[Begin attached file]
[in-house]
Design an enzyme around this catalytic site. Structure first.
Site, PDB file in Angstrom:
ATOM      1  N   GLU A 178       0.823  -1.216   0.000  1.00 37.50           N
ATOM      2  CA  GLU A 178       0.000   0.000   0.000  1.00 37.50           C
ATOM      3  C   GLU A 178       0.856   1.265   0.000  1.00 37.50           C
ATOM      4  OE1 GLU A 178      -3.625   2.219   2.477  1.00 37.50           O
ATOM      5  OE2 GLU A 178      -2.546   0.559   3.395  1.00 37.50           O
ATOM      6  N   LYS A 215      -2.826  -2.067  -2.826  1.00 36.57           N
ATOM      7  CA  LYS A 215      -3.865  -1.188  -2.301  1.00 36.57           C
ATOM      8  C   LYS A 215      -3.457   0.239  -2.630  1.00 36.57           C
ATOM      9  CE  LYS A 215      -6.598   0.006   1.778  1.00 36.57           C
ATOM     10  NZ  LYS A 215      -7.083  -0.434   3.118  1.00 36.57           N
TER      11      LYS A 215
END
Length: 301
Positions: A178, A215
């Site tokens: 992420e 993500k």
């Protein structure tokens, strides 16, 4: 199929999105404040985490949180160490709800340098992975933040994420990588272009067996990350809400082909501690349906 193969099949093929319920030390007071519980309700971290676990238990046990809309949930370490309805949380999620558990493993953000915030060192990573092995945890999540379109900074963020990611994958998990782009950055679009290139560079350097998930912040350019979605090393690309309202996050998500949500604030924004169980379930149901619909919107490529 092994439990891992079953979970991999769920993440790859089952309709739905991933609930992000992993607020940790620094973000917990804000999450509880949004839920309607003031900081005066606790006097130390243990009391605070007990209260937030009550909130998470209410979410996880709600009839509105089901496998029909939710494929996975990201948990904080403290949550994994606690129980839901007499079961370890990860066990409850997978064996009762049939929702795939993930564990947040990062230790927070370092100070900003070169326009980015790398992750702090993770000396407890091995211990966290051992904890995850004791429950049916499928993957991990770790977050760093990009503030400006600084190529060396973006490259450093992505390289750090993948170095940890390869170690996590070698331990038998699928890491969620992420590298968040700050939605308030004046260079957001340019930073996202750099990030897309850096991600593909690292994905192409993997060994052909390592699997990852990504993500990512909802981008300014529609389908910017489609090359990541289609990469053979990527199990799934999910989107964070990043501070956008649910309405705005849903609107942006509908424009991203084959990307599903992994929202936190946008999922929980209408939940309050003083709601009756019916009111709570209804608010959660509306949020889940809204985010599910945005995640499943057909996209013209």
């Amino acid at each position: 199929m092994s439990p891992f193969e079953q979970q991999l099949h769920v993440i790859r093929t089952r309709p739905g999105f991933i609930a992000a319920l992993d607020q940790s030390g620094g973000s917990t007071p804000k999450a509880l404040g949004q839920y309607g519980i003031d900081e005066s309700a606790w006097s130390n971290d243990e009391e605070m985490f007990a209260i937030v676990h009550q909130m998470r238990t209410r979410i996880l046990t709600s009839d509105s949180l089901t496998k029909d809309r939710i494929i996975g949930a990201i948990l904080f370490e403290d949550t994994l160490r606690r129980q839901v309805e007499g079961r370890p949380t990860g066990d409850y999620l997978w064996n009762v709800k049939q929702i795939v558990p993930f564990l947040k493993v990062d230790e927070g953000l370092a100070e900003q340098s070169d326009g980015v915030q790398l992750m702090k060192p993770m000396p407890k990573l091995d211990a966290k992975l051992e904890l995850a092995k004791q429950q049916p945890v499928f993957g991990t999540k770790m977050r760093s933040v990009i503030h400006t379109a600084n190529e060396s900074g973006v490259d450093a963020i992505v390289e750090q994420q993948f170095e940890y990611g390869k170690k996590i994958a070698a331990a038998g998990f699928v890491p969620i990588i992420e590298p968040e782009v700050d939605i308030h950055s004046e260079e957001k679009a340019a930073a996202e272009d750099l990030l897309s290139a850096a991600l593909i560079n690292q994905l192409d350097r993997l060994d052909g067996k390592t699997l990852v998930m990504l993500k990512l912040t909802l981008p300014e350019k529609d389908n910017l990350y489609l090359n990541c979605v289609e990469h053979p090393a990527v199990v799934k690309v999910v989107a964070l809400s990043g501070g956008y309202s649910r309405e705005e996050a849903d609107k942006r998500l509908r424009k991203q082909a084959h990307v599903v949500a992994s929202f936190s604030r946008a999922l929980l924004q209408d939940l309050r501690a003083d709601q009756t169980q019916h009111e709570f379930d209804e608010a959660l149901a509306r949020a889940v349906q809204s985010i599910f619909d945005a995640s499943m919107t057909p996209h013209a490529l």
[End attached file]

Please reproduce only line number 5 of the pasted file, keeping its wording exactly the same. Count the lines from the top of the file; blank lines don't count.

ATOM      2  CA  GLU A 178       0.000   0.000   0.000  1.00 37.50           C